The assembly line is still the most effective production process. Founded by Henry Ford in 1913, the process divides the labor process into steps that can be completed in a predefined sequence. Until today, the assembly line is the most used method to mass-produce products. All manufacturing companies—from food and beverages to automobiles—use the assembly line for an accurate and precise production process.
But despite the role of technology in the advancement of the assembly line and its adaption to new trends and processes, there is a question of how different accuracy and precision are from each other. Most people use these terms interchangeably, but accuracy and precision are different concepts in the manufacturing industry. Using them interchangeably will result in inaccurate and imprecise products.
How Modern Factories Work Now
In the past, assembly line workers make a multitude of mistakes every day. That’s because they rely only on their knowledge and the steadiness of their hands. They don’t make as near-to-perfect products as they do now. Consumers will notice the little nuances in color, smoothness, and texture of the products. That was why every product seemed to be unique then. No two products are ever quite alike.
But over time, as technology developed, factories became more accurate and precise. In the food and beverage industry, they use piston fillers and custom filter plates to remove particles, yeast, mold spores, and bacteria, ensuring products that will pass the quality check. In this industry, being both accurate and precise is critical to the brand’s reputation and customer satisfaction and loyalty.
Accuracy vs. Precision
The main difference between accuracy and precision is that the former refers to “close-to-true value” while the latter refers to “repeatability.” Accuracy means the output or product is close to the actual measurement of the thing being measured (or the model product). Precision refers to the ability of the machines to produce the same product with the same dimensions, colors, and textures. If a machine is set to produce a certain output, precision describes how well the machine will return the same measure.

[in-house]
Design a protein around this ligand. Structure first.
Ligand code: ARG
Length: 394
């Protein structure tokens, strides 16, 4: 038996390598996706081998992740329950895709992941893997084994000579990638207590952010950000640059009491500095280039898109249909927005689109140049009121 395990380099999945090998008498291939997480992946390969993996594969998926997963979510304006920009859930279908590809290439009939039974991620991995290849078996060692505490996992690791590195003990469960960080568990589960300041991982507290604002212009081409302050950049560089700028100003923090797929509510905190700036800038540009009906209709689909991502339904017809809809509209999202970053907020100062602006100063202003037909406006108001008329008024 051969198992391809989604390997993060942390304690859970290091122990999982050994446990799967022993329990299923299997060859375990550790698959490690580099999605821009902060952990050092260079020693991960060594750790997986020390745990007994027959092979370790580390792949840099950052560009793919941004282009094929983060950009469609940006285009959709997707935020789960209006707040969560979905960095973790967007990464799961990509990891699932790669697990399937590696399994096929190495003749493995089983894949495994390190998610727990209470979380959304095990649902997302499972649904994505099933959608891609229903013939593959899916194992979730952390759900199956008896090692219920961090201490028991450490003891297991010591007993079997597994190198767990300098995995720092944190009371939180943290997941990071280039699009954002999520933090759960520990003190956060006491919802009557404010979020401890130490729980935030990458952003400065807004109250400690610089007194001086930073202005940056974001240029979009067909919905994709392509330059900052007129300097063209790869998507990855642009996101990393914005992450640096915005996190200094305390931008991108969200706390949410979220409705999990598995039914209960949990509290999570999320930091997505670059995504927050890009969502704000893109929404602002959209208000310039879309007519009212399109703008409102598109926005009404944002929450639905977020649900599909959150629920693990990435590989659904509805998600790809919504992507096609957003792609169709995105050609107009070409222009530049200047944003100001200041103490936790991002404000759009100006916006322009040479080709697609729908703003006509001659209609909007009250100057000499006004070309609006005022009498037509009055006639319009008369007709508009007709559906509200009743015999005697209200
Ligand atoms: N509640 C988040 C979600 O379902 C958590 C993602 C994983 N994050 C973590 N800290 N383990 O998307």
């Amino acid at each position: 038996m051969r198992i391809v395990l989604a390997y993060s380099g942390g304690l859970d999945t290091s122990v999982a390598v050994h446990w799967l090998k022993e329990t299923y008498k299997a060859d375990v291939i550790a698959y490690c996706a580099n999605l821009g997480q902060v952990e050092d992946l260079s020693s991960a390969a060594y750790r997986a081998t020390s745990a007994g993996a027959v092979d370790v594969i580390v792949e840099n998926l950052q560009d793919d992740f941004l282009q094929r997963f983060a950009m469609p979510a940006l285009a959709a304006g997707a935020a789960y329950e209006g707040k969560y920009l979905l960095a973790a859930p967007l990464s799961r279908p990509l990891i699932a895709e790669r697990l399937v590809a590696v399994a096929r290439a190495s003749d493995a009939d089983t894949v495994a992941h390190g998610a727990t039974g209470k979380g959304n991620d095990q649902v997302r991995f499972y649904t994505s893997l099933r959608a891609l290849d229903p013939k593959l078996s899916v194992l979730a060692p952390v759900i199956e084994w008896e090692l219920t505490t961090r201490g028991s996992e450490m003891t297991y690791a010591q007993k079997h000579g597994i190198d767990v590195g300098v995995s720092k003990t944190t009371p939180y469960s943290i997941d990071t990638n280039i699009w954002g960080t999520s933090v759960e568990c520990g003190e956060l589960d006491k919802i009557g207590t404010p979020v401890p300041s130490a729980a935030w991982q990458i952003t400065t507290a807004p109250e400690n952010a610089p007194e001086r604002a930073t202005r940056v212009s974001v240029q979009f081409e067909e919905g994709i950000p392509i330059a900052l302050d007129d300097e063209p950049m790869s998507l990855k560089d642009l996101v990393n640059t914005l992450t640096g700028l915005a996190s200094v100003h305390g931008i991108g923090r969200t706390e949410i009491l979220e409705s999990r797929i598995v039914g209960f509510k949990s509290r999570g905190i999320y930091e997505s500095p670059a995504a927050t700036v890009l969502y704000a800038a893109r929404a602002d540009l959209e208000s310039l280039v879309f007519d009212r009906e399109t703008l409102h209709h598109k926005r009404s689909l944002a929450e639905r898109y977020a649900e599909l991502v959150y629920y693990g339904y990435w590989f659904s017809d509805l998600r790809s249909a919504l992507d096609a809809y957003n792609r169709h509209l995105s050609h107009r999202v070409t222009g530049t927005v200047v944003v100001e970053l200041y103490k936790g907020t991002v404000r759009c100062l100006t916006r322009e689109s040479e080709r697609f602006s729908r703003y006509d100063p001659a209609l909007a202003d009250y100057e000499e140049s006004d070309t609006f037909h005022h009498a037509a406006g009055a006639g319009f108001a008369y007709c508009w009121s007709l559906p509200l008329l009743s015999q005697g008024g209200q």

The best representation of the difference between accuracy and precision is the diagram of a dartboard. Imagine the center (the bullseye) as the true value. If the darts are not close to the bullseye and also not close to each other, then there is no accuracy or precision. If the darts, on the other hand, are far from the center but close to each other, then there is precision but no accuracy.
What happens if the darts are spaced equally around the bullseye but are not grouped together? That’s accuracy and not precision. Accuracy and precision happen when the darts are right on the center of the dartboard and spaced close to each other.
Applying Accuracy and Precision in the Manufacturing Sector
Based on the dartboard representation, you can then apply the difference of accuracy and precision to the manufacturing industry. Sure, some products are close to the model output but are they being produced precisely. Meaning, will customer A receive 100% of the same product as customer B and C and D? Will they all get to enjoy the same product quality?
Many times, people will try out a product because of a recommendation from a friend. Upon finding out that they have a different experience of the product, they’ll all wonder what went wrong. What was the truth? The good product that the one who made the recommendation tried? Or was that merely a fluke, and the true value of the product lies in the experiences of those who followed the recommendation and did not like the said product?
Technology’s Impact on Manufacturing
This is where technology has made its mark. It allows for a more accurate and, at the same time, precise production of outputs. As machines get more sophisticated, so do the processes and procedures that manufacturing companies follow in their factories. This benefits the organizations and the factory workers who toil day and night to come up with accurate and precise products that will satisfy consumers. Technology took away the pressure from manufacturers to develop a standardized and uniform process in their industry.
Those in the manufacturing industry now certainly have an easier time than people working in the assembly line before. Though the assembly line was and is the best production process, it wasn’t as foolproof as it is now. Coupled with technology, the process that Henry Ford institutionalized 90 years ago is still alive and well and more accurate and precise than ever.